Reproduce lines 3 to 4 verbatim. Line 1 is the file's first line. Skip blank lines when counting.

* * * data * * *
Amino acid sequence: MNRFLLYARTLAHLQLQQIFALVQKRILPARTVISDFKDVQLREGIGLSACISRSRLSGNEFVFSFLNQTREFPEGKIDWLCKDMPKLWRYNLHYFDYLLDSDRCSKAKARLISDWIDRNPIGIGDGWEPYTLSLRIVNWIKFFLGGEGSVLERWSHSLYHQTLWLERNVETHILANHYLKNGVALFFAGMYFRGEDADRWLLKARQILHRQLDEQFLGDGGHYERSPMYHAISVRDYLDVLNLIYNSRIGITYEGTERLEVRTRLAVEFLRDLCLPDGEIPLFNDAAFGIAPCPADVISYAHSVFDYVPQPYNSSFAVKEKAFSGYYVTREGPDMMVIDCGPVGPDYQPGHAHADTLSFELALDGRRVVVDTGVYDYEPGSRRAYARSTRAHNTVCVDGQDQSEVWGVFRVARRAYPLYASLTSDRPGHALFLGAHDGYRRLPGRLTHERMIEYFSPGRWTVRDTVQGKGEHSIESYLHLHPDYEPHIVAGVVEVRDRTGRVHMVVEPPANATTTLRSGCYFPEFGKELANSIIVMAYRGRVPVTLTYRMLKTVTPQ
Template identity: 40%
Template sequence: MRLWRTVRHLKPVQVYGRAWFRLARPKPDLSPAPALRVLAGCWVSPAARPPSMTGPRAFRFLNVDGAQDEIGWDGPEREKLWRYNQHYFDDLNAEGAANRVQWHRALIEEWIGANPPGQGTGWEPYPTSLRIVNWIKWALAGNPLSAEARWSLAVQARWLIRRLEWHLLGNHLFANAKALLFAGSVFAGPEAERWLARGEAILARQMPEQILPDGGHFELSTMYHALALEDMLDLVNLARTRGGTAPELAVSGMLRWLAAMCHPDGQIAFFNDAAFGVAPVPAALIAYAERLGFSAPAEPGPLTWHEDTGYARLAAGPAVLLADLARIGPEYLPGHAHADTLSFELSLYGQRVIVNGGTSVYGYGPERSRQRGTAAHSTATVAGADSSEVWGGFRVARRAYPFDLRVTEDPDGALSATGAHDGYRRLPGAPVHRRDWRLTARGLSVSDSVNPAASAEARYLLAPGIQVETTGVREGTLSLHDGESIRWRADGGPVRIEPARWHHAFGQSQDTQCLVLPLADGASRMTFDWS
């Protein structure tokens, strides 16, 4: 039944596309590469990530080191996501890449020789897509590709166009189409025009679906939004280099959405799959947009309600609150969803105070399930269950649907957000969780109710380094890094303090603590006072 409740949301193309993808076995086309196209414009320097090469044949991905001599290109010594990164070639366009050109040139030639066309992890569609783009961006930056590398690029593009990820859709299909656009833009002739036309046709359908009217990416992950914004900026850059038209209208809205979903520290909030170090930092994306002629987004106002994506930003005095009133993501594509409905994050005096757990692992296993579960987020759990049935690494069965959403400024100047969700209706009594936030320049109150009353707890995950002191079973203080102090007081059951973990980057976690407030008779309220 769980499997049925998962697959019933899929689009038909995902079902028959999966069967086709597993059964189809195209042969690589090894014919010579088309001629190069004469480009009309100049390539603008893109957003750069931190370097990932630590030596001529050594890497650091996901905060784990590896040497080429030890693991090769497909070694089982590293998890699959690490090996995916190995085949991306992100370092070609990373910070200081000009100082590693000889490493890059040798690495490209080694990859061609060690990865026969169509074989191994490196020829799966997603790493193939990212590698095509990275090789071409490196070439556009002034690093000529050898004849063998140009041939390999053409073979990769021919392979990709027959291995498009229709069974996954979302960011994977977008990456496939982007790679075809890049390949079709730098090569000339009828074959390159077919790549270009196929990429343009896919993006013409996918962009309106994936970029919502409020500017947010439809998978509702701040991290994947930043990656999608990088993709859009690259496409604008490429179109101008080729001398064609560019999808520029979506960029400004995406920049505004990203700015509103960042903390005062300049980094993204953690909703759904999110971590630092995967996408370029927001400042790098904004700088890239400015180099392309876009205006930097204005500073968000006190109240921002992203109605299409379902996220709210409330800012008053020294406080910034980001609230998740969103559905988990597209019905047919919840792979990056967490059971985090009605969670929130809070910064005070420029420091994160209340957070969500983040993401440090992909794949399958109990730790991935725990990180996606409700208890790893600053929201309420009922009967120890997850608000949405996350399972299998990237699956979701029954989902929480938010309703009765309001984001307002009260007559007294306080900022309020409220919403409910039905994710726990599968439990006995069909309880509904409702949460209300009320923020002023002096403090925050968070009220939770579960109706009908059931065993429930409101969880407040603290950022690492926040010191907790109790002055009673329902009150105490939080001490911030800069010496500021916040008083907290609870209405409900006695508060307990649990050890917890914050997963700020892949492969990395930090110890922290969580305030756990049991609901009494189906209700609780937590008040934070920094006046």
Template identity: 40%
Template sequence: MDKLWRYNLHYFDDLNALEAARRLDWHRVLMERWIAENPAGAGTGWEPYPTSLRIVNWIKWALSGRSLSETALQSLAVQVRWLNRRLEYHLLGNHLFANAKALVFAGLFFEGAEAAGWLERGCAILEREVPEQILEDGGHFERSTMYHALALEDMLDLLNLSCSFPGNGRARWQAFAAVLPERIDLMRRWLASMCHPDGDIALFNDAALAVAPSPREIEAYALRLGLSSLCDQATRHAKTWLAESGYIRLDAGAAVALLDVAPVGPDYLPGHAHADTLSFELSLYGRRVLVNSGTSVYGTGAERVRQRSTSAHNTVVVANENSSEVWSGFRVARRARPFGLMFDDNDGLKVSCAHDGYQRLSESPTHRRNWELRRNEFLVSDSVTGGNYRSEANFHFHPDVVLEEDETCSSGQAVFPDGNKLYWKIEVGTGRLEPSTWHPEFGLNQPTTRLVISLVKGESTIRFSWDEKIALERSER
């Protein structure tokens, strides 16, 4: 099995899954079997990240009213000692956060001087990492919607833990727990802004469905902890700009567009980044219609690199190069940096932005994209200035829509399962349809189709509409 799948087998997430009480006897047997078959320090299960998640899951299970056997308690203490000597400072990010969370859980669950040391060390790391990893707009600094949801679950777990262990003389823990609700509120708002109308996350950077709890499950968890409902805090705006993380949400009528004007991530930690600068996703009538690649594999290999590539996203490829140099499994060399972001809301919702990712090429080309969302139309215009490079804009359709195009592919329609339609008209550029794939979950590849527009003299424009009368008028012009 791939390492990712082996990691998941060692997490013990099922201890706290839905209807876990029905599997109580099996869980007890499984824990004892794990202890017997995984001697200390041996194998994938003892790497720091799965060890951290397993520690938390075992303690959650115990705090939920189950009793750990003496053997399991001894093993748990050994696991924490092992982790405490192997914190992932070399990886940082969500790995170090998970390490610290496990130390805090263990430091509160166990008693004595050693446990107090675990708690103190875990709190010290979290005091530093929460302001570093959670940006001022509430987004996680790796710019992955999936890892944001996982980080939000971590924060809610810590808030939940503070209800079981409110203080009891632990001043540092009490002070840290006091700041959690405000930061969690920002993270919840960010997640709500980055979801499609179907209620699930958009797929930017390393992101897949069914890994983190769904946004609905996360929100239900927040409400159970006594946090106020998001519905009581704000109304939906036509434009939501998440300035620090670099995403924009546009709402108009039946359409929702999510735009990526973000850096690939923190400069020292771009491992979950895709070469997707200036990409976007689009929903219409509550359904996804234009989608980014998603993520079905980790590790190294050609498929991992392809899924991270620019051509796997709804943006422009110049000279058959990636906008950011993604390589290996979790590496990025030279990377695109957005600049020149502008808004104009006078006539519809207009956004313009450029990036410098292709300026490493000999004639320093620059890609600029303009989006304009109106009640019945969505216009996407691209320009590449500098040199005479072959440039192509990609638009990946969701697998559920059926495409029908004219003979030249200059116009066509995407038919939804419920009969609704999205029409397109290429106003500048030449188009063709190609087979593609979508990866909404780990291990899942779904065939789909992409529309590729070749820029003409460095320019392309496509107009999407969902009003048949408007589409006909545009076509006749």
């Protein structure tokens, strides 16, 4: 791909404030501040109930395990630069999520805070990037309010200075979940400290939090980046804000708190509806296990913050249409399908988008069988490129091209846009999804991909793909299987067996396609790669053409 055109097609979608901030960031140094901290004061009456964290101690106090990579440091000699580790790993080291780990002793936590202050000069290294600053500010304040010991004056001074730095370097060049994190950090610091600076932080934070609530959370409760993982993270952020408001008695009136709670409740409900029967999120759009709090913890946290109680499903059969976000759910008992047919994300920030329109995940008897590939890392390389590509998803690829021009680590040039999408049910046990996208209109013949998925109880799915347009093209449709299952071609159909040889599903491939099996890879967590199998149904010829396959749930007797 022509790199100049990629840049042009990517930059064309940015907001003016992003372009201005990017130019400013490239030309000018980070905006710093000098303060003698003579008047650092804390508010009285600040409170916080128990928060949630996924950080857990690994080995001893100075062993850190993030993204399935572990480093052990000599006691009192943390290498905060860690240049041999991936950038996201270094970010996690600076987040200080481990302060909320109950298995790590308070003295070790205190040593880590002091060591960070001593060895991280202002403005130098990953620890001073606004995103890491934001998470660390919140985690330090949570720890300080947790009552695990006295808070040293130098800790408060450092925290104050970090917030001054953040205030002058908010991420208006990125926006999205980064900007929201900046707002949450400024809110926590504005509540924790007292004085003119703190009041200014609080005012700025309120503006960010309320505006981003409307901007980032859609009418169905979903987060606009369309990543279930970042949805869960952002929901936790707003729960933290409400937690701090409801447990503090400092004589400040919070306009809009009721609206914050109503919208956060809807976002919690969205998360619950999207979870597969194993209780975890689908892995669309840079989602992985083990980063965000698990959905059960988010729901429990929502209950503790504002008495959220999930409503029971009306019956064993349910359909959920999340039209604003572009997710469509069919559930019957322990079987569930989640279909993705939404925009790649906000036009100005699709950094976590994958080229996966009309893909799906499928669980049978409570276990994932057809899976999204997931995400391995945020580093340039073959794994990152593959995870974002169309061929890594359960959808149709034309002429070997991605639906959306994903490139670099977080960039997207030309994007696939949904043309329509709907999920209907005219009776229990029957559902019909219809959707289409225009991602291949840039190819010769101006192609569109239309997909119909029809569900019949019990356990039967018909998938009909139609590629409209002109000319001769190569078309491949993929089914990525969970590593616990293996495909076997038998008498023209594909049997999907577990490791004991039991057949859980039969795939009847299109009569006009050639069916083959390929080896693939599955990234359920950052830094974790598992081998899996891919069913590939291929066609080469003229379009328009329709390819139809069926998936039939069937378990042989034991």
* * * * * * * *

Template sequence: MRLWRTVRHLKPVQVYGRAWFRLARPKPDLSPAPALRVLAGCWVSPAARPPSMTGPRAFRFLNVDGAQDEIGWDGPEREKLWRYNQHYFDDLNAEGAANRVQWHRALIEEWIGANPPGQGTGWEPYPTSLRIVNWIKWALAGNPLSAEARWSLAVQARWLIRRLEWHLLGNHLFANAKALLFAGSVFAGPEAERWLARGEAILARQMPEQILPDGGHFELSTMYHALALEDMLDLVNLARTRGGTAPELAVSGMLRWLAAMCHPDGQIAFFNDAAFGVAPVPAALIAYAERLGFSAPAEPGPLTWHEDTGYARLAAGPAVLLADLARIGPEYLPGHAHADTLSFELSLYGQRVIVNGGTSVYGYGPERSRQRGTAAHSTATVAGADSSEVWGGFRVARRAYPFDLRVTEDPDGALSATGAHDGYRRLPGAPVHRRDWRLTARGLSVSDSVNPAASAEARYLLAPGIQVETTGVREGTLSLHDGESIRWRADGGPVRIEPARWHHAFGQSQDTQCLVLPLADGASRMTFDWS
């Protein structure tokens, strides 16, 4: 039944596309590469990530080191996501890449020789897509590709166009189409025009679906939004280099959405799959947009309600609150969803105070399930269950649907957000969780109710380094890094303090603590006072 409740949301193309993808076995086309196209414009320097090469044949991905001599290109010594990164070639366009050109040139030639066309992890569609783009961006930056590398690029593009990820859709299909656009833009002739036309046709359908009217990416992950914004900026850059038209209208809205979903520290909030170090930092994306002629987004106002994506930003005095009133993501594509409905994050005096757990692992296993579960987020759990049935690494069965959403400024100047969700209706009594936030320049109150009353707890995950002191079973203080102090007081059951973990980057976690407030008779309220 769980499997049925998962697959019933899929689009038909995902079902028959999966069967086709597993059964189809195209042969690589090894014919010579088309001629190069004469480009009309100049390539603008893109957003750069931190370097990932630590030596001529050594890497650091996901905060784990590896040497080429030890693991090769497909070694089982590293998890699959690490090996995916190995085949991306992100370092070609990373910070200081000009100082590693000889490493890059040798690495490209080694990859061609060690990865026969169509074989191994490196020829799966997603790493193939990212590698095509990275090789071409490196070439556009002034690093000529050898004849063998140009041939390999053409073979990769021919392979990709027959291995498009229709069974996954979302960011994977977008990456496939982007790679075809890049390949079709730098090569000339009828074959390159077919790549270009196929990429343009896919993006013409996918962009309106994936970029919502409020500017947010439809998978509702701040991290994947930043990656999608990088993709859009690259496409604008490429179109101008080729001398064609560019999808520029979506960029400004995406920049505004990203700015509103960042903390005062300049980094993204953690909703759904999110971590630092995967996408370029927001400042790098904004700088890239400015180099392309876009205006930097204005500073968000006190109240921002992203109605299409379902996220709210409330800012008053020294406080910034980001609230998740969103559905988990597209019905047919919840792979990056967490059971985090009605969670929130809070910064005070420029420091994160209340957070969500983040993401440090992909794949399958109990730790991935725990990180996606409700208890790893600053929201309420009922009967120890997850608000949405996350399972299998990237699956979701029954989902929480938010309703009765309001984001307002009260007559007294306080900022309020409220919403409910039905994710726990599968439990006995069909309880509904409702949460209300009320923020002023002096403090925050968070009220939770579960109706009908059931065993429930409101969880407040603290950022690492926040010191907790109790002055009673329902009150105490939080001490911030800069010496500021916040008083907290609870209405409900006695508060307990649990050890917890914050997963700020892949492969990395930090110890922290969580305030756990049991609901009494189906209700609780937590008040934070920094006046």